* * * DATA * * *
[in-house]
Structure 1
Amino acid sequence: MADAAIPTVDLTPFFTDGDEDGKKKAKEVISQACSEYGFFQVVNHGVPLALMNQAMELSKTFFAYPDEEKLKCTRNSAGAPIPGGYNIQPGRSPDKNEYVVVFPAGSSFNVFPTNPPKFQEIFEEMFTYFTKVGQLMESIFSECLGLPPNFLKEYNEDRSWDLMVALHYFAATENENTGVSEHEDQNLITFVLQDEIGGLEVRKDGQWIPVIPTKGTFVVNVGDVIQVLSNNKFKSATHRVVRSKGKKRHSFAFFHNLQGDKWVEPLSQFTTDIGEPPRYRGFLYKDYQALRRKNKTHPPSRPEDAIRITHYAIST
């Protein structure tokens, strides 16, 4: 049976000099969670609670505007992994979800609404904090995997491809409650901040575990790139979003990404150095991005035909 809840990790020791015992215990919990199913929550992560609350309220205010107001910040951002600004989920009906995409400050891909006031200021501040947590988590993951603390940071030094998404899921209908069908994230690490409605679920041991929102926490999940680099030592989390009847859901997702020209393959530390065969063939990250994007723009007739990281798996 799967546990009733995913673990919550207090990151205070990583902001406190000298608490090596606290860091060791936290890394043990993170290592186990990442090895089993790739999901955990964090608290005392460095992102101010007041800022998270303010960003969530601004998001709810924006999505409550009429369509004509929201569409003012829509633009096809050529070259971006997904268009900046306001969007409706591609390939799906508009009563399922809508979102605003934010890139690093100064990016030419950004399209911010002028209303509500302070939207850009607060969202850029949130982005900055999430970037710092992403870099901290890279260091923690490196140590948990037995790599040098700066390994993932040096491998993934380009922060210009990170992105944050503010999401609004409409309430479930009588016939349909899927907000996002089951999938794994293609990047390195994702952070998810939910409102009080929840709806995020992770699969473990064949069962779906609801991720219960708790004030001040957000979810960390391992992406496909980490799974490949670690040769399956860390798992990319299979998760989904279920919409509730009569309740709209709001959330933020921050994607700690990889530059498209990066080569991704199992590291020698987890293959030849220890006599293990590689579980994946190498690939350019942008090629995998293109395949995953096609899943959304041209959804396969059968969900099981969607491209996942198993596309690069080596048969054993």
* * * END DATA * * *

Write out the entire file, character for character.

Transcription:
[in-house]
Structure 1
Amino acid sequence: MADAAIPTVDLTPFFTDGDEDGKKKAKEVISQACSEYGFFQVVNHGVPLALMNQAMELSKTFFAYPDEEKLKCTRNSAGAPIPGGYNIQPGRSPDKNEYVVVFPAGSSFNVFPTNPPKFQEIFEEMFTYFTKVGQLMESIFSECLGLPPNFLKEYNEDRSWDLMVALHYFAATENENTGVSEHEDQNLITFVLQDEIGGLEVRKDGQWIPVIPTKGTFVVNVGDVIQVLSNNKFKSATHRVVRSKGKKRHSFAFFHNLQGDKWVEPLSQFTTDIGEPPRYRGFLYKDYQALRRKNKTHPPSRPEDAIRITHYAIST
């Protein structure tokens, strides 16, 4: 049976000099969670609670505007992994979800609404904090995997491809409650901040575990790139979003990404150095991005035909 809840990790020791015992215990919990199913929550992560609350309220205010107001910040951002600004989920009906995409400050891909006031200021501040947590988590993951603390940071030094998404899921209908069908994230690490409605679920041991929102926490999940680099030592989390009847859901997702020209393959530390065969063939990250994007723009007739990281798996 799967546990009733995913673990919550207090990151205070990583902001406190000298608490090596606290860091060791936290890394043990993170290592186990990442090895089993790739999901955990964090608290005392460095992102101010007041800022998270303010960003969530601004998001709810924006999505409550009429369509004509929201569409003012829509633009096809050529070259971006997904268009900046306001969007409706591609390939799906508009009563399922809508979102605003934010890139690093100064990016030419950004399209911010002028209303509500302070939207850009607060969202850029949130982005900055999430970037710092992403870099901290890279260091923690490196140590948990037995790599040098700066390994993932040096491998993934380009922060210009990170992105944050503010999401609004409409309430479930009588016939349909899927907000996002089951999938794994293609990047390195994702952070998810939910409102009080929840709806995020992770699969473990064949069962779906609801991720219960708790004030001040957000979810960390391992992406496909980490799974490949670690040769399956860390798992990319299979998760989904279920919409509730009569309740709209709001959330933020921050994607700690990889530059498209990066080569991704199992590291020698987890293959030849220890006599293990590689579980994946190498690939350019942008090629995998293109395949995953096609899943959304041209959804396969059968969900099981969607491209996942198993596309690069080596048969054993």